Swindon. since the majority of parasitoid species of Phoridae attack adults of Formicidae (Feener Jr & Brown 1997). but in three years abundance of S. Bennett C W (1967) Epidemiology of leafhopper-transmitted viruses. Colwell R K. c) critical ecological role in soil turnover and structure. but with different species. Ilhéus. These patches are disturbed in a variety of degrees (Nascimento et al 1999. this study pointed to ants as the main local indicator taxa among epigeic arthropods. Version 8. Brändle M. with seven out of 12 species being representative of the forest remnant.) interact with habitat in the same way. Accessed on November 2007. Grimbacher et al 2007). Bisevac L. plant protection. Redak R A. Ministério do Meio Ambiente. Acknowledgments We are grateful to the owner of Santa Adelaide Farm for permission to work on its reserve. Western Australia. Maria Isabel Balbi. ants are suitable for biomonitoring because of their a) high richness. and it was probably linked to ant abundance. FAPESP (State of São Paulo Research Foundation) provided financial support (Process number 99/00836-2). Regina Zontade-Carvalho. 130p. Ser B: Biol Sci 345: 101-118. The leaf-cutting ants (Atta sp. Geomorfologia 52: 1-22. The main goal in the restoration of semideciduous forests in southeastern Brazil is for restored sites to resemble the small patches of mature forest that have resisted deforestation. b) ecological importance at all trophic levels. Constantino R (2005) Padrões de diversidade e endemismo de térmitas no bioma cerrado. Besides ants and termites. Sparling G P (1997) Ants as indicators of restoration success: relationship with soil microbial biomass in the Australian seasonal tropics. Felfili J M (eds) Biodiversidade. Rotenberry J T. Hamburg et al 2004. if ants in the restored area and mature forest were playing equivalent roles. The nine most abundant species of Formicidae accounted for more than 70% of total abundance of arthropods at all the sites studied.319-333. grandis and S. Ecol Manage Restor 4: 12-19.204 Pais & Varanda . Allen E B. Andersen A N. On the other hand. and f) relatively well-known taxonomy and dynamics within the community. Silva J C S. Amador D B. and Luiz Antônio Costa for arthropod identification. Patrícia Romano.edu/estimates. nanus) and reference site (Velocitermes sp. however. Nicolas Albuquerque. 439p. References Ab’Sáber A N (1977) Os domínios morfoclimáticos na América do Sul: primeira aproximação. Benedita Aglai da Silva and Alexandre Adalardo de Oliveira for comments on a previous version of this manuscript. the only other very abundant species was a Phoridae. 172p. Ana Gonçalves. Andersen A N. Biodiv Conserv 9: 1297-1311. Andersen & Sparling 1997. Majer J D (1999) Comparative study of ant communities of rehabilitated mineral sand mines and heathland. f) sensitivity to environmental changes. Almeida D S de (2000) Recuperação ambiental da mata atlântica. Viana V M (2000) “Low forests” dynamics in a forest remnant restoration. Clarke K R (1993) Non-parametric multivariate analysis of changes in community structure. Restor Ecol 7: 117-126. gratitude is extended to Odair Fernandes. ecologia e conservação do cerrado. at the reference site. Burger J C. One of the few exceptions seems to be a rehabilitation site in Australia.eeb. Natural Environment Research Council. A proportional abundance of termites rose slower over time in comparison to ants. Also. Brasília. We did not determine. Sci For 57: 69-85. nutrient cycling. Santos et al 2006). Editus. Annu Rev Phytopathol 5: 87-108. d) easy sampling. which grouped with reference sites in multivariate analysis of ant assemblage (Andersen et al 2003). University of Connecticut.Arthropod Recolonization in the Restoration of a Semideciduous Forest in Southeastern Brazil Burger et al 2003. they are the only reference that persists of what were once magnificent seasonal forests. Gabriel Mejdalani. seed dispersal and seed predation. Our study contributes to the conservation efforts for this highly threatened ecosystem as it provides baseline information for understanding the dynamics of colonization of a subset of its biota at the first restoration stage. our restoration target. diversity. Tabanez & Viana 2000) as a result of being submitted to a long period of isolation and to pressures from the anthropized matrix. This finding corroborates the increasing recognition of ants as a useful group for land managers to monitor changes in terrestrial ecosystems (Majer & Kock 1992. Hoffmann B D. Júlio Louzada. Luciano . Based on pitfall sampling. Antonio Brescovit. abundance and biomass. Restor Ecol 5: 109-114. 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Dorymyrmex sp. All 288 morphospecies 0 0 334 4039 0 481 0 6706 274 18 2 7549 26 2 9 5120 0 29 0 5229 62 1092 0 878 0 428 251 237 313 1766 1287 1959 29 0 0 35 802 1446 911 2696 763 0 0 25 567 1289 617 329 1127 0 0 0 51 1416 16 379 1973 0 0 46 124 199 59 59 73 Abundance FOR REV1 REV2 REV3 REV4 . Number of individuals per site of the 12 most abundant species of epigeic arthropods in the forest remnant (FOR) and at restored sites (REV1-REV4). Termitidae Syntermes grandis Syntermes nanus Velocitermes sp. Camponotus sericeiventris Pheidole sp. Phoridae 82 149 150 151 154 155 167 168 172 261 262 263 Phoridae sp. Species code Taxon Diptera. Neotrop Entomol 39(2): 198-206. Hymenoptera. Camponotus rufipes Atta sp. Isoptera. Formicidae Crematogaster sp. Varanda E M (2010) Arthropod Recolonization in the Restoration of a Semideciduous Forest in Southeastern Brazil. Camponotus sp. Megalomyrmex sp.Online Supplementary Material 1 Pais M P.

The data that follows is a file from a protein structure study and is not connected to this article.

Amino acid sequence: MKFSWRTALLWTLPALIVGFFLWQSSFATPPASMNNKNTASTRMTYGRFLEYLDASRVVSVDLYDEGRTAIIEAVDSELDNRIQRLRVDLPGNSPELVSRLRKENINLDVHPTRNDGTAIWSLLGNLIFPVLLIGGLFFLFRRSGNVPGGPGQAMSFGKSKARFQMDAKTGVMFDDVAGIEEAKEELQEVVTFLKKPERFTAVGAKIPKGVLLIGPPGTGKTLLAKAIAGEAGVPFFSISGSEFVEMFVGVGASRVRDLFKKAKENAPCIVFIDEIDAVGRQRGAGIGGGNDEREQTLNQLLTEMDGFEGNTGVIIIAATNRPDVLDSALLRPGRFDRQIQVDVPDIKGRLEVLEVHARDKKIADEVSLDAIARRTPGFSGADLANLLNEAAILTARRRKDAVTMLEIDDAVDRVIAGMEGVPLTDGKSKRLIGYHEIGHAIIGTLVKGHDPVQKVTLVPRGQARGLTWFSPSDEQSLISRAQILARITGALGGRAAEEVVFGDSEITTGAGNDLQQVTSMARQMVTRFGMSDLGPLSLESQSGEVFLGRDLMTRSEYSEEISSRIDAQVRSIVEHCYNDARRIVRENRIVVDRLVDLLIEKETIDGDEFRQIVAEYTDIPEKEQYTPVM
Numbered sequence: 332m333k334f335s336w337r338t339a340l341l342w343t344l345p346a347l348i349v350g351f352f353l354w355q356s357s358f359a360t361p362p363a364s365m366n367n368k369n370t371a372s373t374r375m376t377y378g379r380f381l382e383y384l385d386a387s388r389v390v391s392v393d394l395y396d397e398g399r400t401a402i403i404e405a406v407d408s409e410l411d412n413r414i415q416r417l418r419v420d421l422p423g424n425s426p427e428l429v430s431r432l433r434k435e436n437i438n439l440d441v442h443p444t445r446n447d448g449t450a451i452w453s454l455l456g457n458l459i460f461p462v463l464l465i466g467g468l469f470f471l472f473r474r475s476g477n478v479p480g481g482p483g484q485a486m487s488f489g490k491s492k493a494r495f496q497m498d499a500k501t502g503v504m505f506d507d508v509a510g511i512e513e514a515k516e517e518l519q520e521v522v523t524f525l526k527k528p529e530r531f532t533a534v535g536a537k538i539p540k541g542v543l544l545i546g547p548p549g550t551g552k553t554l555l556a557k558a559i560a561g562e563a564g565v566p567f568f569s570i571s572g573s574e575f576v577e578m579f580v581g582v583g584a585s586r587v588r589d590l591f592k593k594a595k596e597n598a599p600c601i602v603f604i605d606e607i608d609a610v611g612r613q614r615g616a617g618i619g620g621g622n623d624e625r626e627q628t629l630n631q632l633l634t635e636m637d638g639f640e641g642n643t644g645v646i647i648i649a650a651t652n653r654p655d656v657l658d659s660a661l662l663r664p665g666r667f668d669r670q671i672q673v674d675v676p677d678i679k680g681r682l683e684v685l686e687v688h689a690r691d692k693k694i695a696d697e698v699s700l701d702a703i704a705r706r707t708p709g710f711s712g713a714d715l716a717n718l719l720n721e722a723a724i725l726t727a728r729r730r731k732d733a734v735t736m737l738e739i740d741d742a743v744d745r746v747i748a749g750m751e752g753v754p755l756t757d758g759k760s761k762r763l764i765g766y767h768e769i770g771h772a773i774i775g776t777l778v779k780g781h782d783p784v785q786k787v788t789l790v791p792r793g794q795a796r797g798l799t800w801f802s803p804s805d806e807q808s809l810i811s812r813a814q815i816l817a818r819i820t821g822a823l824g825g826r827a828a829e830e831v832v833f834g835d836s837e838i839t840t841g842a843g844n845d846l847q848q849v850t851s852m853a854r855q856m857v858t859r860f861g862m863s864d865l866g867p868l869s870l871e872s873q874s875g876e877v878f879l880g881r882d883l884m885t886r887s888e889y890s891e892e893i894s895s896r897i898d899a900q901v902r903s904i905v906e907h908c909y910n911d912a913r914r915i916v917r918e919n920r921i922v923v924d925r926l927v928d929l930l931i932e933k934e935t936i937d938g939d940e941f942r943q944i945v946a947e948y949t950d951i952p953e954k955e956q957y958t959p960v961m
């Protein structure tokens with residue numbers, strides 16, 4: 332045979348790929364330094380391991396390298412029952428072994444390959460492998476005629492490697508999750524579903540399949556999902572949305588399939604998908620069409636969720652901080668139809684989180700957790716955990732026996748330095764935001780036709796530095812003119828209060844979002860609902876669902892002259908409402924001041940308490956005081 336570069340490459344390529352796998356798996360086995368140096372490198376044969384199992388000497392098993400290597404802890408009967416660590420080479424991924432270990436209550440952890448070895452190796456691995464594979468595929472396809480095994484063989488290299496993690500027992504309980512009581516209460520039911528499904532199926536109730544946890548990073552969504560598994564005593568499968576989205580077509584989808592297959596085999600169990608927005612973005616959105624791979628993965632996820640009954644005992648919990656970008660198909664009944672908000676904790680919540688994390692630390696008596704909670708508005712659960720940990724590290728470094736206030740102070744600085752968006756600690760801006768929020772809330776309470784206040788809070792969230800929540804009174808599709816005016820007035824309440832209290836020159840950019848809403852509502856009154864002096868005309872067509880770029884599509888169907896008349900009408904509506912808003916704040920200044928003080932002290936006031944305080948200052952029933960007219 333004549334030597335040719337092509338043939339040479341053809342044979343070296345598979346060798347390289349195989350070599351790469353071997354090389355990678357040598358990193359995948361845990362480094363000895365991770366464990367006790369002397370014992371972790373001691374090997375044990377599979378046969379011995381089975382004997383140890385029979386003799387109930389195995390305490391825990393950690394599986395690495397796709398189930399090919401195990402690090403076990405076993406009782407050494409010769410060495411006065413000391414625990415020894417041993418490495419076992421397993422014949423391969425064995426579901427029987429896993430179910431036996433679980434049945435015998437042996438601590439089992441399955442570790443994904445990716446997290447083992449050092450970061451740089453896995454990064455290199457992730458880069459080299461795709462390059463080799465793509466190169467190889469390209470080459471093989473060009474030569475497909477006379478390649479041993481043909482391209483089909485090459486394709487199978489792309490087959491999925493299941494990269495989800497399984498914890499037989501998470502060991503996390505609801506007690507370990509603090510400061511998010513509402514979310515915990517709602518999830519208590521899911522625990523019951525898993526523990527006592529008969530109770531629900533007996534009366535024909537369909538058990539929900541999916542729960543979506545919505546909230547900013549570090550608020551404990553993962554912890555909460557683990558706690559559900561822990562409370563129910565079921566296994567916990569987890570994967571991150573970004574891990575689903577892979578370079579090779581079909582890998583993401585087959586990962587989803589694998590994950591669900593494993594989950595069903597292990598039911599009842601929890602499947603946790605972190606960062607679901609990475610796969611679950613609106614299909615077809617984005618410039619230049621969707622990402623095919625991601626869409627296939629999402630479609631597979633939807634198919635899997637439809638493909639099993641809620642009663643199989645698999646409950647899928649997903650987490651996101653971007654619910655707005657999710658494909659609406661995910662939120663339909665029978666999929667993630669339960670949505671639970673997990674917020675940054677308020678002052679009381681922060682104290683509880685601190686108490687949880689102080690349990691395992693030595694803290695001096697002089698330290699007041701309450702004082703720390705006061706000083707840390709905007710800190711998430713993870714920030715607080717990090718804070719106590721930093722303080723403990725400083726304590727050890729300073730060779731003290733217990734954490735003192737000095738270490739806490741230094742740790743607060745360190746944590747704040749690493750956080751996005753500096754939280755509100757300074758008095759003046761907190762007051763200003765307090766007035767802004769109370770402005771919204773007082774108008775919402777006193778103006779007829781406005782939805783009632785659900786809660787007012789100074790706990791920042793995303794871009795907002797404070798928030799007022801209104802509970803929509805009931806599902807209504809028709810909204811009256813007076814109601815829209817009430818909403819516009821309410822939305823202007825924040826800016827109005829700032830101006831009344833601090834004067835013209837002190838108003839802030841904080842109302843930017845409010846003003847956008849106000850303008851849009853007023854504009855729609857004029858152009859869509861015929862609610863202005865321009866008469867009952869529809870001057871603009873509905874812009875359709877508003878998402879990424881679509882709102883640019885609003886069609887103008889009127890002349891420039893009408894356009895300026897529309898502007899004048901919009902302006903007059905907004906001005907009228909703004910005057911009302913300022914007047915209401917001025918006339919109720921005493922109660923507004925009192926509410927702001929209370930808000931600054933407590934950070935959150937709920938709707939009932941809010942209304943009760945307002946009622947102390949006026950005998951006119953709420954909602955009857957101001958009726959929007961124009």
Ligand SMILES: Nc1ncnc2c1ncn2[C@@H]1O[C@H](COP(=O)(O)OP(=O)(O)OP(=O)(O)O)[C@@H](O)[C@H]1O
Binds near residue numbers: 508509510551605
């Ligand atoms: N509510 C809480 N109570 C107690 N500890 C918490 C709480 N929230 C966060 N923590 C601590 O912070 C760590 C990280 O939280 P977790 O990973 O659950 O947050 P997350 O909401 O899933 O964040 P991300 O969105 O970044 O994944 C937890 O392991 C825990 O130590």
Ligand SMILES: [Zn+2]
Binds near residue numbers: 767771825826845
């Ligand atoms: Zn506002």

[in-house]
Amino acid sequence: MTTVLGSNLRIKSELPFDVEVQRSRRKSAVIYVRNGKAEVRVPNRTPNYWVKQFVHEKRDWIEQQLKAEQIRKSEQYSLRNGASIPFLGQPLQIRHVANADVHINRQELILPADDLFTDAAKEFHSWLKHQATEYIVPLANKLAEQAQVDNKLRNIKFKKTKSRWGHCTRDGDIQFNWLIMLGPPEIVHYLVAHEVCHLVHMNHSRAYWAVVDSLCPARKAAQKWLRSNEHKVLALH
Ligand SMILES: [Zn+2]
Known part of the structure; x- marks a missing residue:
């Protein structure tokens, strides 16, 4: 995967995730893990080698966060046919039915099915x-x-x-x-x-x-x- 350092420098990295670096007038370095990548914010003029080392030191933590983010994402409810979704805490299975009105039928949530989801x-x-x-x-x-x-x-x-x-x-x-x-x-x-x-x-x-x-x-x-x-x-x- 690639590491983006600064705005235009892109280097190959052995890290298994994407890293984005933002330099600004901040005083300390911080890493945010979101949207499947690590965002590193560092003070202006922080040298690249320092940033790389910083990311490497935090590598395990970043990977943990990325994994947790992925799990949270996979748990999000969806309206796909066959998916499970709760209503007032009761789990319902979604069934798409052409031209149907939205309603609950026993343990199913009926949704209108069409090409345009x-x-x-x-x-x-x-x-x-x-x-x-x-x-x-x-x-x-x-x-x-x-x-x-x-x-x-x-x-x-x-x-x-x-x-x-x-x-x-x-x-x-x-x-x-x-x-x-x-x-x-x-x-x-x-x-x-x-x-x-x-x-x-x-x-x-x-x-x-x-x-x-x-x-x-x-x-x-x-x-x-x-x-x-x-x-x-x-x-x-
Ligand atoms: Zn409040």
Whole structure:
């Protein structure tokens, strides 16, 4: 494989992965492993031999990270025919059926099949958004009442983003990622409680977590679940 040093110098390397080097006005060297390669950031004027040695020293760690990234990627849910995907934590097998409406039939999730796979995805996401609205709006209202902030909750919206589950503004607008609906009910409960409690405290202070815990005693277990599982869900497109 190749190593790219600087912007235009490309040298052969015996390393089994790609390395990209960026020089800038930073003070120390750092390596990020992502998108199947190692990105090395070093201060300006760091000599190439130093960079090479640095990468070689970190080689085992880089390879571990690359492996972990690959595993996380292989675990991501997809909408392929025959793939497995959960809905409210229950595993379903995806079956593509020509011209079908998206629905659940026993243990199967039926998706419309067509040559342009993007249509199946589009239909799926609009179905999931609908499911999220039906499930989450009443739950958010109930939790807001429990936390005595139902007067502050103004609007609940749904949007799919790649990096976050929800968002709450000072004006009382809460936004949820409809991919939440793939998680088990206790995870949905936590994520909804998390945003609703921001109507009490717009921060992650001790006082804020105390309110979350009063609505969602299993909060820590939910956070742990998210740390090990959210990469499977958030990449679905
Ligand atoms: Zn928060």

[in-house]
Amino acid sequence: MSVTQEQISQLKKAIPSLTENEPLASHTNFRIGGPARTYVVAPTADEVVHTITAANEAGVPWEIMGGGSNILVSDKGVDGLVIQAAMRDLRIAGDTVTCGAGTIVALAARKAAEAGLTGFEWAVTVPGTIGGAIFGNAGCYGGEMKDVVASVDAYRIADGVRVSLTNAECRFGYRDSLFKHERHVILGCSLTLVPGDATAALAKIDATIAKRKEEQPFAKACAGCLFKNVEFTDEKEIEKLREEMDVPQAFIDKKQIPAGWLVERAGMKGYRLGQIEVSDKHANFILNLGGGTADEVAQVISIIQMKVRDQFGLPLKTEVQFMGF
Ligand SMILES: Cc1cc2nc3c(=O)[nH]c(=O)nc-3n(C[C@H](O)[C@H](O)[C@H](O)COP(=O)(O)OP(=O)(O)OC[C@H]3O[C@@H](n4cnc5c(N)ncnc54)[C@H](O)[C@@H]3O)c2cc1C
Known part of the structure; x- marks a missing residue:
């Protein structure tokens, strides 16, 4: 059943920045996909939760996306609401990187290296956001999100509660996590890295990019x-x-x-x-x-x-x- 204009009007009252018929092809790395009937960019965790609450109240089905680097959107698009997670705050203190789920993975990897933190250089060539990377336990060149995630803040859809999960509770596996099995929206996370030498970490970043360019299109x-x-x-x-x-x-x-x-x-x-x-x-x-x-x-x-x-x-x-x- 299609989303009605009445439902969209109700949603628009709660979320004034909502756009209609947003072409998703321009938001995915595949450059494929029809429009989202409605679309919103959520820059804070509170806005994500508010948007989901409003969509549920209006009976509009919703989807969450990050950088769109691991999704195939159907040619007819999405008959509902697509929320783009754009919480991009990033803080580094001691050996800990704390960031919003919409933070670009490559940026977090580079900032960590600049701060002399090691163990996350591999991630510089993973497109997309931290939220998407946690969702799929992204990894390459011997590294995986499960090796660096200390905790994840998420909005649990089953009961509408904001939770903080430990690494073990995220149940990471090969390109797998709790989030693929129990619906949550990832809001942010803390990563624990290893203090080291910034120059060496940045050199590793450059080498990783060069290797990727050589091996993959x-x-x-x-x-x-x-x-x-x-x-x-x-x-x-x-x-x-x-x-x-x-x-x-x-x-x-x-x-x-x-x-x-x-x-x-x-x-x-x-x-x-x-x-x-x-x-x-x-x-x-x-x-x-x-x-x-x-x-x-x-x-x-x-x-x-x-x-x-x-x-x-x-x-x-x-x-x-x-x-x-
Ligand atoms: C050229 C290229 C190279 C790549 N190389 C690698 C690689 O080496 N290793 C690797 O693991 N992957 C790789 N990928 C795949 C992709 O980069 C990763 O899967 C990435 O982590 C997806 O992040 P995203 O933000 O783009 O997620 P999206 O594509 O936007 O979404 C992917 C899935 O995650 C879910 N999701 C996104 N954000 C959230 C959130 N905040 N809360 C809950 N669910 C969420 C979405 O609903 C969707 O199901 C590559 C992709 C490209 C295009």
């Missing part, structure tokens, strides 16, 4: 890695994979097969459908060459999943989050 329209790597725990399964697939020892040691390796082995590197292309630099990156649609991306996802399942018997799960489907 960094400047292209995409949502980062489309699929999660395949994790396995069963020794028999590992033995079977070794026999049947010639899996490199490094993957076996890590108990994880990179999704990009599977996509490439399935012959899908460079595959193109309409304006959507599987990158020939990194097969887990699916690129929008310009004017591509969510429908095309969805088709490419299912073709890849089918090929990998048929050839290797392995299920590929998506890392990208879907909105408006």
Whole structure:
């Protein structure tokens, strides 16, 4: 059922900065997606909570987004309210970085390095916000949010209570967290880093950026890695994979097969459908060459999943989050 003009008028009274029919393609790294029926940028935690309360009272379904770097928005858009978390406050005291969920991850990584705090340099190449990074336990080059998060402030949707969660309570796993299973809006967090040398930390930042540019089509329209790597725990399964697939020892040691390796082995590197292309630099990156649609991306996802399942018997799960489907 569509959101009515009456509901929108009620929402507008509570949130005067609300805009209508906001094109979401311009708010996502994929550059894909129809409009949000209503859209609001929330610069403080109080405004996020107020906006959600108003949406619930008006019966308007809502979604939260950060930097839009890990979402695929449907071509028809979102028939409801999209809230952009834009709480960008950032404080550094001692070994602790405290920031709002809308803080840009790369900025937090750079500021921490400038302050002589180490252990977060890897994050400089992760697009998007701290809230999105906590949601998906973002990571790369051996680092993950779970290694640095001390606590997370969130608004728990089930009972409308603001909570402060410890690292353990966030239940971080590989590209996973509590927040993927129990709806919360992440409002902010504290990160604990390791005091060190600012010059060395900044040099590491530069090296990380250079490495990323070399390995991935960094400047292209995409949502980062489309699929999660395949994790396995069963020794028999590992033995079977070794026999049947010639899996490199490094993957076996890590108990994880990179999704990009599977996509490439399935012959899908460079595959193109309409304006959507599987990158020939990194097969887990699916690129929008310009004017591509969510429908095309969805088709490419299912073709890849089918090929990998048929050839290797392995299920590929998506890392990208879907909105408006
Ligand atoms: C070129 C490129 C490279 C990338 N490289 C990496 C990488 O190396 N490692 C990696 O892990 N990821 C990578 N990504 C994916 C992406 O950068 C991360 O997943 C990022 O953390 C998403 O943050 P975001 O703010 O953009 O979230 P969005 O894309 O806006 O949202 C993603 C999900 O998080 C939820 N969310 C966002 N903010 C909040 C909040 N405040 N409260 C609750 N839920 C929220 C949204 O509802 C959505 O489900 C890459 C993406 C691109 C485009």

0010 0.0010 0.0 100.0010 Monte Carlo test of significance of observed maximum indicator value for species.0010 0.0040 0. Sphecidae Prionyx chilensis Hymenoptera.0040 0.0 100. Drosophilidae Drosophilidae sp.0 80.0010 0. Camponotus sericeiventris Linepithema sp1 Linepithema sp2 Cyphomyrmex sp.Online Supplementary Material 2 Pais M P. Species code Araneae.0 77. Hemiptera. Diptera.5 80. Site FOR FOR REV4 REV4 FOR FOR REV4 REV4 REV4 REV4 FOR FOR FOR FOR FOR FOR FOR FOR REV4 REV4 REV4 REV1 REV4 IndVal 80.0 78. Hemiptera.4 100.0010 0.3 P1 0. Miridae sp.0010 0.0 100. Cicadellidae Agalliana sticticollis Hemiptera.0010 0.0040 0.0010 0. Formicidae Camponotus sp. Percentage indicator values (IndVal > 70%) of epigeic arthropod species in the forest remnant (FOR) and at restored sites (REV1-REV4). Blattelidae Xestoblatta sp.0010 0. Diptera.0 86.0020 0. Isoptera.0020 0.6 90.0010 0.0010 0. Termitidae Syntermes nanus Thysanoptera Thysanoptera sp.0 92.0030 0.0010 0.6 100. Melyridae Astylus variegatus Coleoptera. Neotrop Entomol 39(2): 198-206.1 74.2 100. Halictidae Pereirapis sp.0 80.1 80. Odontomachus sp.0010 0. Chalcidoidea Chalcidoidea sp 1 Chalcidoidea sp 2 Hymenoptera.0 72. Aphididae Aphis sp. Tenebrionidae Tenebrionidae sp. . Miridae Phylini sp.5 73.2 73.2 79.0040 0. Wasmannia sp. Hymenoptera. Theridiidae 10 23 41 56 78 93 116 128 142 143 167 168 170 176 171 173 182 203 244 220 234 262 286 1 Taxon Coleosoma floridanum Dictyoptera.0 77. Coleoptera. Varanda E M (2010) Arthropod Recolonization in the Restoration of a Semideciduous Forest in Southeastern Brazil.0010 0. Hymenoptera.0010 0.0 80. Phoridae Hypocera sp.